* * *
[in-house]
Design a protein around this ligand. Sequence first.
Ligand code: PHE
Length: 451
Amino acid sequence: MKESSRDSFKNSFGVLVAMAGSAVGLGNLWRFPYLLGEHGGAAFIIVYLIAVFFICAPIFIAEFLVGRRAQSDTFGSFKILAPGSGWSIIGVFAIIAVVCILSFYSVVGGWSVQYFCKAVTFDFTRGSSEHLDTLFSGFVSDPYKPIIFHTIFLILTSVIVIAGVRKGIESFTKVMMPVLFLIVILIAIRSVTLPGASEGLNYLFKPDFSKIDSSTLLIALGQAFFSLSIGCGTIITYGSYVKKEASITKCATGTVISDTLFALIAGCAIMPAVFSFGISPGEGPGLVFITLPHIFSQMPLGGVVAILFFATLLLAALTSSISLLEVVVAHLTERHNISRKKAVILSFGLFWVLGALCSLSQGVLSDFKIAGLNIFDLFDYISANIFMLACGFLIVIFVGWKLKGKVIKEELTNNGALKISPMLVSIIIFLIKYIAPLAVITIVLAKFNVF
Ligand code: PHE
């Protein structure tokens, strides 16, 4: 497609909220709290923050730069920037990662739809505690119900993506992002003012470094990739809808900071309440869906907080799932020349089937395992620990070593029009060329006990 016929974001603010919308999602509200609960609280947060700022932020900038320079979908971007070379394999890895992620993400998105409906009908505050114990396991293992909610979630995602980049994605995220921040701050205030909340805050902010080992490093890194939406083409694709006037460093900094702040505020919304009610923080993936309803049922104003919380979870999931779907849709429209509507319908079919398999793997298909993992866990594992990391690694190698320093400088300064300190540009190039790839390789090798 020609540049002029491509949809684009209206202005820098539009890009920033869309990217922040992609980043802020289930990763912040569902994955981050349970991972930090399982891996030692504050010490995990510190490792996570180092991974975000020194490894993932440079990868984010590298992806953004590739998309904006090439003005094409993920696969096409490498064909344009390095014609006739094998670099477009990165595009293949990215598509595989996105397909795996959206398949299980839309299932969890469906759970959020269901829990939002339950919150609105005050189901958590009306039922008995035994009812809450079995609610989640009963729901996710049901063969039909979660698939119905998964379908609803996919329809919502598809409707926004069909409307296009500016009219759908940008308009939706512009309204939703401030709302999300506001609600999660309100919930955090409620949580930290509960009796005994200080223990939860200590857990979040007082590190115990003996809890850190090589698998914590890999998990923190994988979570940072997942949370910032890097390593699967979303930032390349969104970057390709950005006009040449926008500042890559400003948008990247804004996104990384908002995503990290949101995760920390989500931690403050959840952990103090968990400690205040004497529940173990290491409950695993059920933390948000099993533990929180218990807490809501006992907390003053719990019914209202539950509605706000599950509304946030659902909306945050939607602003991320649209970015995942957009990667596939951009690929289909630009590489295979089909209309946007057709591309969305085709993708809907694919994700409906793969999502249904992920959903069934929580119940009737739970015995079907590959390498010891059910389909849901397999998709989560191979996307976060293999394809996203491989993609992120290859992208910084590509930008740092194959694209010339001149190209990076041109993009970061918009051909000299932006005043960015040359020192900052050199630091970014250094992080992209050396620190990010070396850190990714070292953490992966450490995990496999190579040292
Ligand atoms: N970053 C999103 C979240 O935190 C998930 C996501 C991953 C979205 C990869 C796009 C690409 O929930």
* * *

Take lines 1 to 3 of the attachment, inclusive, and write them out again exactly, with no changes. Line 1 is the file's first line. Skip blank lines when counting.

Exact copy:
[in-house]
Design a protein around this ligand. Sequence first.
Ligand code: PHE